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  • Pneumonia is one of the most common causes of ICU admission, usually because of impending respiratory failure or hemodynamic compromise.

  • Community-acquired pneumonia (CAP) is the leading cause of infectious death around the world and a frequent cause of ICU admission.

  • HCAP (Healthcare-associated pneumonia) is no longer an entity. Use of the HCAP designation resulted in excessive use of broad spectrum antibiotics.

  • Severe CAP (SCAP) is defined as CAP associated with mechanical ventilation and/or shock requiring vasopressors, or having three or more minor American Thoracic Society criteria.

  • Patients initially admitted to a non-ICU setting but subsequently requiring ICU transfer have high mortality that exceeds that of patients with equivalent illness at presentation who are admitted directly to the ICU. Presence of at least three of a set of minor criteria for severity identifies patients likely needing ICU care and the probability increases with an increasing number of these minor criteria.

  • The diagnostic evaluation for the etiology of pneumonia in hospitalized patients with SCAP is most commonly negative. When a pathogen is identified, it is most commonly a virus. The most common bacterial etiologies of SCAP are Streptococcus pneumoniae and Staphylococcus aureus.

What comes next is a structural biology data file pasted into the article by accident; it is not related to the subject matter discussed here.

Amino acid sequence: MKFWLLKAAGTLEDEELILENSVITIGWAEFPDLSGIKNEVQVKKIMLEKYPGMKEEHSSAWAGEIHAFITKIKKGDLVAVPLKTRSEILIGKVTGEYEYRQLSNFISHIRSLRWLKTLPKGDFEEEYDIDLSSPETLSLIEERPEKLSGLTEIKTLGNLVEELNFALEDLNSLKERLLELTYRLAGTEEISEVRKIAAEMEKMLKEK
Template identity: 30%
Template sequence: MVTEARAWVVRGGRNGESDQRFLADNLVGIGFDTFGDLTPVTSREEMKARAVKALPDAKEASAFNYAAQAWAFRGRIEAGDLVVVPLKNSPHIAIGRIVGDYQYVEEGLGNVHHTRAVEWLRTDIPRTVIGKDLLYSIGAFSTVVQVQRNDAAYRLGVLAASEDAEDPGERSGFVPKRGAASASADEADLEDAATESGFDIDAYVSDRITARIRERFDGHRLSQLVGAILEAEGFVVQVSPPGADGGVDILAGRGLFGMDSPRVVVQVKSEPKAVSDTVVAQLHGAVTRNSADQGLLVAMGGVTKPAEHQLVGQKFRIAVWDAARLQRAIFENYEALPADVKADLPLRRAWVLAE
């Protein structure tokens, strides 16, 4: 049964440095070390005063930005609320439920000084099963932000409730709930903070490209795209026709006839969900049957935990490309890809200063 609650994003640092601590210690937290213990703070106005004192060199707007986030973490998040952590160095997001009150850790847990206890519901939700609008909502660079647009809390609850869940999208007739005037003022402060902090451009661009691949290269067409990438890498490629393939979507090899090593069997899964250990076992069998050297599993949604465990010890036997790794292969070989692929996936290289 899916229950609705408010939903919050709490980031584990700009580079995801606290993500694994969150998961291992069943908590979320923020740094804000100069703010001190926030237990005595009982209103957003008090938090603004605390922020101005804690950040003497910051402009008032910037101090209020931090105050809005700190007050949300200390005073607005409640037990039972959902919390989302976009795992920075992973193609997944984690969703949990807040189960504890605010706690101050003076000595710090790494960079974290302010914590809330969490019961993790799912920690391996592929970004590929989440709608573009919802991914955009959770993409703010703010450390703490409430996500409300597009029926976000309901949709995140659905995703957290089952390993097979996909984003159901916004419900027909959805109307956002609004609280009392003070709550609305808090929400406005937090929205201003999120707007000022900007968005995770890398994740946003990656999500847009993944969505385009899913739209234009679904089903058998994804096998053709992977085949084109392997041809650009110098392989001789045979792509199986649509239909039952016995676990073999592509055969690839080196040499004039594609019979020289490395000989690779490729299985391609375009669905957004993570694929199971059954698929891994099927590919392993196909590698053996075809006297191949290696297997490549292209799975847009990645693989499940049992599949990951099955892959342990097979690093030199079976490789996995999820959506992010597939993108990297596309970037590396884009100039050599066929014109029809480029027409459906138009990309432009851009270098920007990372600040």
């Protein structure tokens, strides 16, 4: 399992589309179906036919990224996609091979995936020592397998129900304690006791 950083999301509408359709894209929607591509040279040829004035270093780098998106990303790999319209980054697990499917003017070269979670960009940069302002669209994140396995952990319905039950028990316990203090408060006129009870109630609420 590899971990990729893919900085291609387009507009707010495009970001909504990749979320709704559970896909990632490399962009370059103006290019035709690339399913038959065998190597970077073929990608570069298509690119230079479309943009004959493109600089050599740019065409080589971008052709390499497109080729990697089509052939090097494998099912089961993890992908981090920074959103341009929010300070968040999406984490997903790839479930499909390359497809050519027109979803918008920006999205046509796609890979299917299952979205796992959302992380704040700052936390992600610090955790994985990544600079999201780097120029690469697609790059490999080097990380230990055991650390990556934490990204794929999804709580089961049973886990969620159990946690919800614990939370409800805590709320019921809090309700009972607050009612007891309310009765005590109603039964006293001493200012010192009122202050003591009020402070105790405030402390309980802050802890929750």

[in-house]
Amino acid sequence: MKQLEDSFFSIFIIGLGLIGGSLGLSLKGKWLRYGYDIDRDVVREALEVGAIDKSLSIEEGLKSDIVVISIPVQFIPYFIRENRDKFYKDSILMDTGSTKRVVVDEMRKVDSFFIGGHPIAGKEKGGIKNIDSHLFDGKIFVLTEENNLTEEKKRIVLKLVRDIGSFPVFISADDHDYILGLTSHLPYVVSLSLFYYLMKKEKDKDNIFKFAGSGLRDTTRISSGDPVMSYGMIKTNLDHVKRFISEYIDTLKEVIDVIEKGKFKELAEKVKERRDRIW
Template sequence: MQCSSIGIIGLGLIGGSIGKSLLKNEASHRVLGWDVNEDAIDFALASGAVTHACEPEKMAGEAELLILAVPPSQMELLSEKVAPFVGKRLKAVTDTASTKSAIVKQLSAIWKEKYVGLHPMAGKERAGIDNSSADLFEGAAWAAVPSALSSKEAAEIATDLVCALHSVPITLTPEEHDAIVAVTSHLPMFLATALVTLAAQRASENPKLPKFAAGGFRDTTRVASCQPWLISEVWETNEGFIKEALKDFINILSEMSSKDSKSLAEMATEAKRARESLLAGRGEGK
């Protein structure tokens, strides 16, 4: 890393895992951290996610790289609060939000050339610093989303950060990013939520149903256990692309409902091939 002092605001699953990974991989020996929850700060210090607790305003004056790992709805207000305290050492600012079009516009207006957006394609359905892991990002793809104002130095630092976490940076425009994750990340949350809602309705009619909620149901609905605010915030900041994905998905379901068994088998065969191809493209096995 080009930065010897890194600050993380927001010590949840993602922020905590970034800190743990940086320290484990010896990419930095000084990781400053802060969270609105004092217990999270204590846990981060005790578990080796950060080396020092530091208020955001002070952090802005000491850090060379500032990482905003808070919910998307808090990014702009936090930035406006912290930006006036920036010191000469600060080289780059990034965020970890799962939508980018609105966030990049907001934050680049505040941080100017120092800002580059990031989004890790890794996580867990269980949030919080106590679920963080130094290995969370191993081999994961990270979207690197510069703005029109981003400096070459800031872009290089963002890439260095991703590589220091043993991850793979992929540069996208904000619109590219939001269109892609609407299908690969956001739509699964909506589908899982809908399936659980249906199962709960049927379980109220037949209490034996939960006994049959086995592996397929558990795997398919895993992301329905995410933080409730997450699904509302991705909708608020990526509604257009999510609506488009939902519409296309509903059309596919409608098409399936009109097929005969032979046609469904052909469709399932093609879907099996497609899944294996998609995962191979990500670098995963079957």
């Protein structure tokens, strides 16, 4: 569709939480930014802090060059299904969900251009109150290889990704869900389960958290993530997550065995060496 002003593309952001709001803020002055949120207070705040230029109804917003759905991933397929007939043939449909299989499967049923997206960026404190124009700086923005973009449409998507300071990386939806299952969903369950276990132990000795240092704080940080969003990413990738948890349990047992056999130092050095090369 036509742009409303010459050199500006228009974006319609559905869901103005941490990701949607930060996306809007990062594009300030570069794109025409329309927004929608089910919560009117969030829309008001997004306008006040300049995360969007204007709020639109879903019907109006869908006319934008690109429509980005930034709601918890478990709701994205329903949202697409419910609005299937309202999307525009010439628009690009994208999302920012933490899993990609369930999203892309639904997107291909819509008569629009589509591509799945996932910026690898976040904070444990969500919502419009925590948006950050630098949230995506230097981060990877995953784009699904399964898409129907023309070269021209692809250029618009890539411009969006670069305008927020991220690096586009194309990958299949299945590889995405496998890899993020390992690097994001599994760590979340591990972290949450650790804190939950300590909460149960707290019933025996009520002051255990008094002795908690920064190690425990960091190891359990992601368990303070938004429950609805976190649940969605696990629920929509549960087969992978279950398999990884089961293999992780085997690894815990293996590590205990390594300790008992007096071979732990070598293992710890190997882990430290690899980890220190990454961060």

• The etiologies of SCAP are rarely multidrug resistance and in the absence of risk factors, empirical antibiotics for SCAP should be a combination of a beta-lactam plus a macrolide.


Community-acquired pneumonia (CAP) is one of the most common precipitating causes for medical or general ICU admission.1 CAP frequently causes hemodynamic compromise and septic shock (Chapter 65). Pneumonia is also one of the most common causes for the acute respiratory distress syndrome (ARDS; Chapter 52).

CAP continues to be a frequent cause of morbidity and mortality.2,3 Worldwide, CAP is the leading infectious disease cause of death and the fourth leading cause of death overall, even prior to the COVID-19 pandemic.4,5 Despite continued advances in a multitude of areas in medicine, the mortality rate from CAP has changed little in the past four decades. In addition to the deaths within the hospital, patients admitted to the hospital with pneumonia are at an increased risk of death for months to years after discharge, relative to age-matched controls.6–8



Pneumonia is the host immune response to abnormal microorganisms or abnormal numbers of microorganisms at the alveolar or respiratory bronchiole level. This contrasts with bronchitis, bronchiolitis, and even upper respiratory tract infections (URIs), all of which would not be associated with alveolar infiltrates on imaging. However, the advent of readily available chest computed tomography (CT) and increasingly sophisticated lung ultrasound have demonstrated alveolar densities in patients with normal plain chest radiographs.9–12 Therefore, a clinical diagnosis of bronchitis or URI with a normal chest radiograph may actually represent pneumonia, as was have frequently seen in the COVID-19 pandemic.


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